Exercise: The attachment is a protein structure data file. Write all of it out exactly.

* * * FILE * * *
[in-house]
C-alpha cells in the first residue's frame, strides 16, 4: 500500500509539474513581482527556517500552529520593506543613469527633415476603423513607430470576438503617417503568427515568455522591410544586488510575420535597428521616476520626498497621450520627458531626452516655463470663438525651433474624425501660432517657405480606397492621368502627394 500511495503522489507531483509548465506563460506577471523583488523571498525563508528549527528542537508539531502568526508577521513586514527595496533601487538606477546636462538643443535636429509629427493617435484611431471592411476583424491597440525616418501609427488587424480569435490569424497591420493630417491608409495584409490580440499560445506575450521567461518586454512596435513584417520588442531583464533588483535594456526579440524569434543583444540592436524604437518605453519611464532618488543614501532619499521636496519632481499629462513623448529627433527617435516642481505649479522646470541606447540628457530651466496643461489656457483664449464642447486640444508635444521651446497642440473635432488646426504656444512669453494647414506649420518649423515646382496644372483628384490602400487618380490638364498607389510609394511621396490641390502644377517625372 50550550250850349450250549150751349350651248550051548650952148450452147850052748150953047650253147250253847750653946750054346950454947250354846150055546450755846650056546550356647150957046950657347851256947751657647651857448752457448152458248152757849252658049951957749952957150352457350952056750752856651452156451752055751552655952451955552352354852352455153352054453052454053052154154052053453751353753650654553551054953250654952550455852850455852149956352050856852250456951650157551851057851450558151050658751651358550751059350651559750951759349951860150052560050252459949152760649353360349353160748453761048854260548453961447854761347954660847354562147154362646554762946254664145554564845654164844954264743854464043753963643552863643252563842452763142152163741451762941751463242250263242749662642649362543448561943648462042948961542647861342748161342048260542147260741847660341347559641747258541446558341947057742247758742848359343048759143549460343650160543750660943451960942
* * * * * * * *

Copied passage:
[in-house]
C-alpha cells in the first residue's frame, strides 16, 4: 500500500509539474513581482527556517500552529520593506543613469527633415476603423513607430470576438503617417503568427515568455522591410544586488510575420535597428521616476520626498497621450520627458531626452516655463470663438525651433474624425501660432517657405480606397492621368502627394 500511495503522489507531483509548465506563460506577471523583488523571498525563508528549527528542537508539531502568526508577521513586514527595496533601487538606477546636462538643443535636429509629427493617435484611431471592411476583424491597440525616418501609427488587424480569435490569424497591420493630417491608409495584409490580440499560445506575450521567461518586454512596435513584417520588442531583464533588483535594456526579440524569434543583444540592436524604437518605453519611464532618488543614501532619499521636496519632481499629462513623448529627433527617435516642481505649479522646470541606447540628457530651466496643461489656457483664449464642447486640444508635444521651446497642440473635432488646426504656444512669453494647414506649420518649423515646382496644372483628384490602400487618380490638364498607389510609394511621396490641390502644377517625372 50550550250850349450250549150751349350651248550051548650952148450452147850052748150953047650253147250253847750653946750054346950454947250354846150055546450755846650056546550356647150957046950657347851256947751657647651857448752457448152458248152757849252658049951957749952957150352457350952056750752856651452156451752055751552655952451955552352354852352455153352054453052454053052154154052053453751353753650654553551054953250654952550455852850455852149956352050856852250456951650157551851057851450558151050658751651358550751059350651559750951759349951860150052560050252459949152760649353360349353160748453761048854260548453961447854761347954660847354562147154362646554762946254664145554564845654164844954264743854464043753963643552863643252563842452763142152163741451762941751463242250263242749662642649362543448561943648462042948961542647861342748161342048260542147260741847660341347559641747258541446558341947057742247758742848359343048759143549460343650160543750660943451960942